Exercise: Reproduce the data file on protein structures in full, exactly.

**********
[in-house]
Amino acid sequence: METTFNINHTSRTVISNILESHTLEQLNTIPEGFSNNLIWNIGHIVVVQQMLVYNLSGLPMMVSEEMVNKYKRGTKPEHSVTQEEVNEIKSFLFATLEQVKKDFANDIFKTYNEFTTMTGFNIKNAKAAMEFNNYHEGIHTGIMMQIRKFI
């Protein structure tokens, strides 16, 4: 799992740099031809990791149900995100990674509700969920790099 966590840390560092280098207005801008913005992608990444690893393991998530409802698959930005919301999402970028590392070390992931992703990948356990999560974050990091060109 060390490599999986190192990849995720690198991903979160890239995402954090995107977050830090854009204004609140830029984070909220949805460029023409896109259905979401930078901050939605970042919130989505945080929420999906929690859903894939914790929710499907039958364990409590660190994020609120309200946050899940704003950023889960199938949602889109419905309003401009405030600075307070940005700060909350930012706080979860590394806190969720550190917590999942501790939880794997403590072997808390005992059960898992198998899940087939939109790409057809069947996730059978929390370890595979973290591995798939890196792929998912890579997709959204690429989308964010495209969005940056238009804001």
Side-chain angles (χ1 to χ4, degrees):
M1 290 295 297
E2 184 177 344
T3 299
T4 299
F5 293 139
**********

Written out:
[in-house]
Amino acid sequence: METTFNINHTSRTVISNILESHTLEQLNTIPEGFSNNLIWNIGHIVVVQQMLVYNLSGLPMMVSEEMVNKYKRGTKPEHSVTQEEVNEIKSFLFATLEQVKKDFANDIFKTYNEFTTMTGFNIKNAKAAMEFNNYHEGIHTGIMMQIRKFI
């Protein structure tokens, strides 16, 4: 799992740099031809990791149900995100990674509700969920790099 966590840390560092280098207005801008913005992608990444690893393991998530409802698959930005919301999402970028590392070390992931992703990948356990999560974050990091060109 060390490599999986190192990849995720690198991903979160890239995402954090995107977050830090854009204004609140830029984070909220949805460029023409896109259905979401930078901050939605970042919130989505945080929420999906929690859903894939914790929710499907039958364990409590660190994020609120309200946050899940704003950023889960199938949602889109419905309003401009405030600075307070940005700060909350930012706080979860590394806190969720550190917590999942501790939880794997403590072997808390005992059960898992198998899940087939939109790409057809069947996730059978929390370890595979973290591995798939890196792929998912890579997709959204690429989308964010495209969005940056238009804001």
Side-chain angles (χ1 to χ4, degrees):
M1 290 295 297
E2 184 177 344
T3 299
T4 299
F5 293 139